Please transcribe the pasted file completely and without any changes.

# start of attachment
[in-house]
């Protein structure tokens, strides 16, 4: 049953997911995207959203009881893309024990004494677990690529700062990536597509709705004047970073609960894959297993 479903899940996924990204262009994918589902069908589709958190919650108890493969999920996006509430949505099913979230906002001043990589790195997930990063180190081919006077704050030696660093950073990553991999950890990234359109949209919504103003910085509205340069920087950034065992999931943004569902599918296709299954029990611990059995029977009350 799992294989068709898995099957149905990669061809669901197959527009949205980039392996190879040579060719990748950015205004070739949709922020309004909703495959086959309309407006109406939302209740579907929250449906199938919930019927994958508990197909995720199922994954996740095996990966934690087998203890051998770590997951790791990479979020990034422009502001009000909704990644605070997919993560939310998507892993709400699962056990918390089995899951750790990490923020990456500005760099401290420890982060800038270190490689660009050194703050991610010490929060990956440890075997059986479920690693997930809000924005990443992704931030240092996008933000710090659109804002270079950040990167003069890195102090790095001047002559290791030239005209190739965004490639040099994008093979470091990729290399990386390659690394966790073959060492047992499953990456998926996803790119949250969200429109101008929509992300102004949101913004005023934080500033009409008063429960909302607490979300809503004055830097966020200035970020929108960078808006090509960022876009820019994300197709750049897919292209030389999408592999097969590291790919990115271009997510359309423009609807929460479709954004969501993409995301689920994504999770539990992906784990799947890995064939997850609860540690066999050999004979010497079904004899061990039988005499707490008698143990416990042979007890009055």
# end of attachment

[in-house]
């Protein structure tokens, strides 16, 4: 049953997911995207959203009881893309024990004494677990690529700062990536597509709705004047970073609960894959297993 479903899940996924990204262009994918589902069908589709958190919650108890493969999920996006509430949505099913979230906002001043990589790195997930990063180190081919006077704050030696660093950073990553991999950890990234359109949209919504103003910085509205340069920087950034065992999931943004569902599918296709299954029990611990059995029977009350 799992294989068709898995099957149905990669061809669901197959527009949205980039392996190879040579060719990748950015205004070739949709922020309004909703495959086959309309407006109406939302209740579907929250449906199938919930019927994958508990197909995720199922994954996740095996990966934690087998203890051998770590997951790791990479979020990034422009502001009000909704990644605070997919993560939310998507892993709400699962056990918390089995899951750790990490923020990456500005760099401290420890982060800038270190490689660009050194703050991610010490929060990956440890075997059986479920690693997930809000924005990443992704931030240092996008933000710090659109804002270079950040990167003069890195102090790095001047002559290791030239005209190739965004490639040099994008093979470091990729290399990386390659690394966790073959060492047992499953990456998926996803790119949250969200429109101008929509992300102004949101913004005023934080500033009409008063429960909302607490979300809503004055830097966020200035970020929108960078808006090509960022876009820019994300197709750049897919292209030389999408592999097969590291790919990115271009997510359309423009609807929460479709954004969501993409995301689920994504999770539990992906784990799947890995064939997850609860540690066999050999004979010497079904004899061990039988005499707490008698143990416990042979007890009055």